Whether you are just beginning your career in CX or you’re a seasoned practitioner, data and metrics should be an important component of your program. Measuring the current state of your business and quantifying the impact of your CX efforts are key to your overall success and the ongoing success of your CX program. But – for many of us – the various acronyms and definitions can feel like alphabet soup either for ourselves, or when communicating with stakeholders or leaders who are less familiar with the intricacies of CX.
The guide outlines and defines a variety of useful metrics, including:
- Net Promoter Score (NPS) – Likelihood to recommend a company to a friend or colleague (measures relationship behavior)
- Customer Satisfaction (CSAT/OSAT) – Overall satisfaction with a product, service, experience, or attribute (measures relationship and transactional experience)
- Customer Effort Score (CES) – The extent to which a company made it easy for the customer to resolve their issue (measures transactional experience)
- Customer Lifetime Value (CLV) – The present value of the future cash flows of a customer (measures relationship behavior and potential value to the organization)
- And so many more!
However, it’s important to remember that as the guide states, “There is no singular best metric; rather, we need to use the metrics that best align with the strategic questions we are trying to address.” Not every metric will always provide the same value, so it’s important to understand what each measures and what information will help you make the best decisions to achieve your goals.
For example, do you want to understand the overall health of the relationship with your customers, or do you want to understand the experience of a particular touchpoint or encounter? Do you want to simply know where you stand on a particular experience, or do you need to understand the “why” and the “how” behind your customers’ sentiments?
When determining what metrics to leverage, remember to always tie your measurements and results back to the organization’s goals. If goals are revenue-related, ROI (Return on Investment) is a great calculation to become familiar with, and is outlined in detail in the guide. Demonstrating how your CX program contributes to your organization’s overall performance will go a long way in securing buy-in from your stakeholders and solidify the value of CX within your company’s culture and business practices.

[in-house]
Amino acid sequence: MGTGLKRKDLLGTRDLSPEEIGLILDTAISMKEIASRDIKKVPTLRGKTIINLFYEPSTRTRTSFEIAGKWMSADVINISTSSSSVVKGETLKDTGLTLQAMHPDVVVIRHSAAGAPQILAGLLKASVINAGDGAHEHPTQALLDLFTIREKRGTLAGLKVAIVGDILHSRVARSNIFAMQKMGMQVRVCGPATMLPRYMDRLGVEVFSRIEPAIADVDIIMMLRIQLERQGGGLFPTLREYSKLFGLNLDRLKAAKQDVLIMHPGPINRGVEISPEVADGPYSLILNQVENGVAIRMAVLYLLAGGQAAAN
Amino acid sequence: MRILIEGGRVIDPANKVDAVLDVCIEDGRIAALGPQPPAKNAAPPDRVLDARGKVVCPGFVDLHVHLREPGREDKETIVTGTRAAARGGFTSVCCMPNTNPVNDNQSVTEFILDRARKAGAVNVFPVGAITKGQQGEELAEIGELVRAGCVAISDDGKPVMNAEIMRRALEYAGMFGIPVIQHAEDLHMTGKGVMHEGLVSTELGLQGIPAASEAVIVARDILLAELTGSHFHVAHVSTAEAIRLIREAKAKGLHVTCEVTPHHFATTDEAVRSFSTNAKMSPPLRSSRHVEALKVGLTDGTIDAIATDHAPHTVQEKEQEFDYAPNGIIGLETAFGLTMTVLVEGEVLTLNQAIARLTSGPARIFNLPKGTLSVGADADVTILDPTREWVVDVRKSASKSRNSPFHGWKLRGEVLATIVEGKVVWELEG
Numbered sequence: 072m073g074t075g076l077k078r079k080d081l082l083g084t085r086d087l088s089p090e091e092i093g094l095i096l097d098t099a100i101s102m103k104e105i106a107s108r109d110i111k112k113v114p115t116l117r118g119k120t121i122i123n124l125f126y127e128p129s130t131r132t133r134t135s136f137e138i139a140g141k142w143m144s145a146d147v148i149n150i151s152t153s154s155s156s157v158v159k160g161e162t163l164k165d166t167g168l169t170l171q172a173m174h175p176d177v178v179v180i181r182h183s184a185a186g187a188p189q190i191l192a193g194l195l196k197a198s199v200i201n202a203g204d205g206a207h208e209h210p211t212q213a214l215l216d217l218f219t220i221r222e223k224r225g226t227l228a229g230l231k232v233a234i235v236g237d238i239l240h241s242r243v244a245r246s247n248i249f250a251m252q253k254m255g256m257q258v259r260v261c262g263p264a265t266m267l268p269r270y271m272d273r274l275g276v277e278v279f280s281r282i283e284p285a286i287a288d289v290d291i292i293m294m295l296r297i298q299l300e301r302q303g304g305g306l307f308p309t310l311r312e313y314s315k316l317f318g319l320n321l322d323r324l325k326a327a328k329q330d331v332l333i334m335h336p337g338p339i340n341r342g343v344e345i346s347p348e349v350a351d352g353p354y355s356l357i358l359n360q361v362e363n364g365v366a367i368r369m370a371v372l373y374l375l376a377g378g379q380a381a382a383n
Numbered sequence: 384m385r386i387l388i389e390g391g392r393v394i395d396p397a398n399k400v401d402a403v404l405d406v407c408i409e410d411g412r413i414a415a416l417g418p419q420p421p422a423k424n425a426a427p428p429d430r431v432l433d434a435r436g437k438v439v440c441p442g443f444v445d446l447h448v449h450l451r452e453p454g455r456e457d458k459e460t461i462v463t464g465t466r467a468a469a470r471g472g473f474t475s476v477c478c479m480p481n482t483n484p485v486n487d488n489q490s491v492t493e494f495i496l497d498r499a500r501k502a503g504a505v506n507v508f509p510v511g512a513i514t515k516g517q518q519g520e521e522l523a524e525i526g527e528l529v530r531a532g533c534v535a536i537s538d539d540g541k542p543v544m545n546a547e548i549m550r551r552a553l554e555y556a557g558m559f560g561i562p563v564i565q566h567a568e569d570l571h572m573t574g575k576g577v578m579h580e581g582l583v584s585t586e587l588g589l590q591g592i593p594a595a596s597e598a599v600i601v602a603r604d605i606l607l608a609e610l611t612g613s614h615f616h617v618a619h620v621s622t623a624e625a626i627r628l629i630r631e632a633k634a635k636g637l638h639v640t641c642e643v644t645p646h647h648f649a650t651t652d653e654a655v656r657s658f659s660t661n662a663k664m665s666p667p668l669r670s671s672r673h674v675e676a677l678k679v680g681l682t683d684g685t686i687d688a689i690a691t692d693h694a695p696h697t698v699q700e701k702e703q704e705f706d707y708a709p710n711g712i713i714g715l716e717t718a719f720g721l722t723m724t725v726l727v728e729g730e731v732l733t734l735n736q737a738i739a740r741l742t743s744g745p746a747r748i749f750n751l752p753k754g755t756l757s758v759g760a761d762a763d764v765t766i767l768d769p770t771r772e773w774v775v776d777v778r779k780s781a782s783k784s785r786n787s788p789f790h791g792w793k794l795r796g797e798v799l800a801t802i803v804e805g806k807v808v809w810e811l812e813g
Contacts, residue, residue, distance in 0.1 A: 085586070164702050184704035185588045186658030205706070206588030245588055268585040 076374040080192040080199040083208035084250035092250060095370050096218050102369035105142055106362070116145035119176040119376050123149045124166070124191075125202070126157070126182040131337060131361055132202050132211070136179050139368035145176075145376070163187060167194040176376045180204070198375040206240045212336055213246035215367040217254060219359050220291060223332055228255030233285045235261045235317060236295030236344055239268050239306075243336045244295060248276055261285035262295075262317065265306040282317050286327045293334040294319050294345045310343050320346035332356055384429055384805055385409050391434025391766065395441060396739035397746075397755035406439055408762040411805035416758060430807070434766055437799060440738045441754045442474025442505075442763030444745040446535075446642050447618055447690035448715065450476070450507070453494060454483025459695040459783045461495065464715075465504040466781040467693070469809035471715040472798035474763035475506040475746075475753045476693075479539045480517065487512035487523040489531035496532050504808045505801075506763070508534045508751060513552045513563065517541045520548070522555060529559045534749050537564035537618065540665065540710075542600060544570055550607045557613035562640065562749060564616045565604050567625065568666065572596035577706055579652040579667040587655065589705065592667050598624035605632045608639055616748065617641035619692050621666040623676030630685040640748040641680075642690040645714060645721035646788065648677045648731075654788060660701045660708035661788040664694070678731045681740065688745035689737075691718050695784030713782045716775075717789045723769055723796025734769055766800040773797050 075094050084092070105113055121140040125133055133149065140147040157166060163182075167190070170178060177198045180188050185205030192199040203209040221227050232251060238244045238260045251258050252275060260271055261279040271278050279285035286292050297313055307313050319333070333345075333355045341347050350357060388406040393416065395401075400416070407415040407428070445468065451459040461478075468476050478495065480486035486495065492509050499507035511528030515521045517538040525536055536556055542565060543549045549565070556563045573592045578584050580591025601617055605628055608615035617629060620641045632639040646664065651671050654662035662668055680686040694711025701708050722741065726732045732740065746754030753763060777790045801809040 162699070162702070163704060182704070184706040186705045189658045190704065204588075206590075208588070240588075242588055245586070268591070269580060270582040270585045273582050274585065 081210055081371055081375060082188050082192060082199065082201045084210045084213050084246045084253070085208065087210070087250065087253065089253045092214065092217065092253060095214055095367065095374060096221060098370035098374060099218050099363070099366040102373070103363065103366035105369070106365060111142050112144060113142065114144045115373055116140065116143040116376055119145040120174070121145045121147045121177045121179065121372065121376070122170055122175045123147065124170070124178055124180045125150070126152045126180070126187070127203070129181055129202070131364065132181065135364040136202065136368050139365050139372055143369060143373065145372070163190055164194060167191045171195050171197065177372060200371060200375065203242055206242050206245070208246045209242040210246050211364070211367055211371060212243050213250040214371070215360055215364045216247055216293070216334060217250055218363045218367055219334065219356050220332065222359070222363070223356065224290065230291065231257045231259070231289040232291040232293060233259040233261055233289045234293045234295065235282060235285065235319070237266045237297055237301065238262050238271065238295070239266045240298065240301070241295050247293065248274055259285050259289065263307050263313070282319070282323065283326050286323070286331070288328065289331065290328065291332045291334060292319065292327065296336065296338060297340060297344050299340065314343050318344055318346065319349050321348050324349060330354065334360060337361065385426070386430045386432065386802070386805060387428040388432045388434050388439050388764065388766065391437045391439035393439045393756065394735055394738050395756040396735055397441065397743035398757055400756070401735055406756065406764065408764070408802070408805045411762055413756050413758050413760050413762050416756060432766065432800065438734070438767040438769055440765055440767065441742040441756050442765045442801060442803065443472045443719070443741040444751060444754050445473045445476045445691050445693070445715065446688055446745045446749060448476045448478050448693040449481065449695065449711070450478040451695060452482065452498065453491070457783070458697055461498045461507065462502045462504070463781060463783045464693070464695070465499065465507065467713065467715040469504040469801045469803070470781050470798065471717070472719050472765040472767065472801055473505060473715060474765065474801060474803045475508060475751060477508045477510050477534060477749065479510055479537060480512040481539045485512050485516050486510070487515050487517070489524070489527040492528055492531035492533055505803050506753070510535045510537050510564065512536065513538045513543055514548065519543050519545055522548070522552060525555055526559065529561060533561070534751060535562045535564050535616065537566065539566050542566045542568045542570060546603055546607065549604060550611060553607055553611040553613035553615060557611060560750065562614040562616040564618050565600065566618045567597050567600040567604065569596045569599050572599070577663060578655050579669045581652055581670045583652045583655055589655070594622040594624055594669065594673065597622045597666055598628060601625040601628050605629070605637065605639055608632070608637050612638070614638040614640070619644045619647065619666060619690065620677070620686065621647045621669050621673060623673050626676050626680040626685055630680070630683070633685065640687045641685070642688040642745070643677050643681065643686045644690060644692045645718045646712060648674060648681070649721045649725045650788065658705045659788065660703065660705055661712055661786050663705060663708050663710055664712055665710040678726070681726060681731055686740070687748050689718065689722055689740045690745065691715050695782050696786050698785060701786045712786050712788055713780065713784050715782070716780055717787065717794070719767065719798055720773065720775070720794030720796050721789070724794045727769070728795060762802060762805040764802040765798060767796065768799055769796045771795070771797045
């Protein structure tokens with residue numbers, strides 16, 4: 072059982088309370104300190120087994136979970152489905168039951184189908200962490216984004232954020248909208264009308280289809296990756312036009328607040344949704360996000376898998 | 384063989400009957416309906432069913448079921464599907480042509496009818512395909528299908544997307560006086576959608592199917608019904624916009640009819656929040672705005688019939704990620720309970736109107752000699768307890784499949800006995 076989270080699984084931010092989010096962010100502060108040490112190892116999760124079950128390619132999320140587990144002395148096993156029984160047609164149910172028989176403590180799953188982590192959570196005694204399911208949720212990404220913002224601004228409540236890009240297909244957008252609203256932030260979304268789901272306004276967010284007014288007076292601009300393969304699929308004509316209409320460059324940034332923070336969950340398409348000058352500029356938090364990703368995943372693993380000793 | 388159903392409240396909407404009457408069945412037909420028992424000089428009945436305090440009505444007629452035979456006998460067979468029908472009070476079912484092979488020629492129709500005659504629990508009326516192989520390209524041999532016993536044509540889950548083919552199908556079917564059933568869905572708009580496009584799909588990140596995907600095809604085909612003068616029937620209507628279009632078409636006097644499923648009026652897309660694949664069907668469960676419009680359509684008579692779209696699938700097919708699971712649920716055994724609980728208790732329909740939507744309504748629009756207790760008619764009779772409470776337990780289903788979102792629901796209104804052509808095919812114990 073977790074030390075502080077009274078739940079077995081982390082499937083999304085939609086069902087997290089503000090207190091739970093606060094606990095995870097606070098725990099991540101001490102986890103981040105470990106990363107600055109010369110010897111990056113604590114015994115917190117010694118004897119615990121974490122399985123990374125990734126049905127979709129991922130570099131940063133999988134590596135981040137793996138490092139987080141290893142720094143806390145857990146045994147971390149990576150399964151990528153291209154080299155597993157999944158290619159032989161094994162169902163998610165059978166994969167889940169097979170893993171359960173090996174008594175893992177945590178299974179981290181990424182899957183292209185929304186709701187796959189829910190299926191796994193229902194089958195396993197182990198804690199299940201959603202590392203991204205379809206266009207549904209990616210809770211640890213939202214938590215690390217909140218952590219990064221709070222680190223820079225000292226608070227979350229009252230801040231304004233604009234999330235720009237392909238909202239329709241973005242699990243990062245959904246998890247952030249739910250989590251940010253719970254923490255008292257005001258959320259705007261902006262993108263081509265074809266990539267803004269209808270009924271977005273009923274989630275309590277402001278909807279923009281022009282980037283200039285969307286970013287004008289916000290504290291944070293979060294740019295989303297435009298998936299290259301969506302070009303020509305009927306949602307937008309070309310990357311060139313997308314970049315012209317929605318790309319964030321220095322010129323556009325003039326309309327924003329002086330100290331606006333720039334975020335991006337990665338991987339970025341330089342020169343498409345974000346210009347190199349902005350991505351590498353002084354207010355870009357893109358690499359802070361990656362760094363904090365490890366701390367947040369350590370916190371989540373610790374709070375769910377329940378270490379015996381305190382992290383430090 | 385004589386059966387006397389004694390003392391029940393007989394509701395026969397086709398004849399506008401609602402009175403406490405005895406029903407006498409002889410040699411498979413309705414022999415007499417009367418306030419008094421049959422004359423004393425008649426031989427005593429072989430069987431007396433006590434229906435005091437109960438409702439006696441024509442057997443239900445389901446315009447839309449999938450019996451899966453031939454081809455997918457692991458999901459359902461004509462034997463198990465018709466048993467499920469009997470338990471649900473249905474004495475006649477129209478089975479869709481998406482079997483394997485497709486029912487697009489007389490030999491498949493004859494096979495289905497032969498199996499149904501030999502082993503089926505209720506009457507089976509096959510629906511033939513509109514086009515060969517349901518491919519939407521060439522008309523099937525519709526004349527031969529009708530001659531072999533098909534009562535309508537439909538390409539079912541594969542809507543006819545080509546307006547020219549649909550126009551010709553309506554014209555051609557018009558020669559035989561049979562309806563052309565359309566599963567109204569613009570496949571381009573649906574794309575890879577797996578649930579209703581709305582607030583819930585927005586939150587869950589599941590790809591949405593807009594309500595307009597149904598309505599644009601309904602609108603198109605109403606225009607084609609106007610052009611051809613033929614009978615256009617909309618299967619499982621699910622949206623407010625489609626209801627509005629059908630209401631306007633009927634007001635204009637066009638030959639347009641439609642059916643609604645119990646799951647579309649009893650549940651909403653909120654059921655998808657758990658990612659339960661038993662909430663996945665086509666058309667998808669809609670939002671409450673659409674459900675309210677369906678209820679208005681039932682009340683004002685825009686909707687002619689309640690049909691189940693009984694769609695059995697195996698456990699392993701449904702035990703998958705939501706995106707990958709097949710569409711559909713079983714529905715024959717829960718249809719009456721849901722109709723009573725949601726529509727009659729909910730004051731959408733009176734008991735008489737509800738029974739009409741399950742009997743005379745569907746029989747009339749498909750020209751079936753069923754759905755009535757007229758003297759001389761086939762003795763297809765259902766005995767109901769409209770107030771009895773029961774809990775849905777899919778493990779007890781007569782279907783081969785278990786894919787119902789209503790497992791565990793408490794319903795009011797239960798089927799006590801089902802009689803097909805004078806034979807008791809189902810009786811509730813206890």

Analyzing Your Results
Once you’ve decided what to measure, the next step is translating your results into actionable insights. This can be done with a variety of analyses, based on the question you are trying to answer and desired outcomes. The guide describes several ways to do this, including:
Baseline Measurements: If you are starting a new CX program or initiative, it can be helpful to first measure your baseline (where you are now) so that you can compare future results and see what progress you have made. Review the guide for an explanation of baseline measurement and how to implement baseline methodologies.
Benchmarking: Rather than comparing to your past results with baseline measurement, benchmarking allows you to compare your organization to other similar organizations. There are several considerations for benchmarking that you can become familiar with by reading the guide, such as what to consider when benchmarking, and what metrics you might think about comparing.
Sentiment Analysis: While qualitative measures such as NPS and CSAT are great indicators of how your company is performing in the eyes of your customers, to improve your CX, you must understand what feelings are driving these numerical results. That’s where sentiment comes in – it’s the emotion behind the feedback your customers are providing. Understanding the emotional drivers of your customers’ numerical responses is key in correcting experiences that provide negative sentiment and promoting experiences that lead to positive sentiment.
Causation vs. Correlation: Often, we see that two or more metrics appear to “trend together” or show a relationship with one another. However, this does not always mean that one metric “causes” another, known as causation. Understanding the difference between causation and correlation (correlation being that there is a relationship between two data points) is extremely valuable to paint a true picture of the impact various experiences have on your company’s results and on your customers.
In summary, effectively incorporating data and analysis into your CX program is a crucial component of your program’s success. By using metrics to tell the story of your customers’ feelings, behaviors, and expectations, and tying those insights to your organization’s goals, you can better communicate the value of CX, increase buy-in, and shape positive change within your organization. And, more importantly, continue to meet the needs of your customers by delivering the experience they deserve.
The CXPA Book of Knowledge is a fantastic resource to understand the concepts introduced above, as well as so many more, as you continue to develop your CX program and yourself as a CX professional!
Aubrey Macklin, CCXP is the Director of Experience at Allworth Financial and a winner of CXPA's 2022 Emerging Leader Awards. The first edition of CXPA's Book of Knowledge is available for free online reading to CXPA members at www.cxbookstore.com Not a member? Learn more and join today.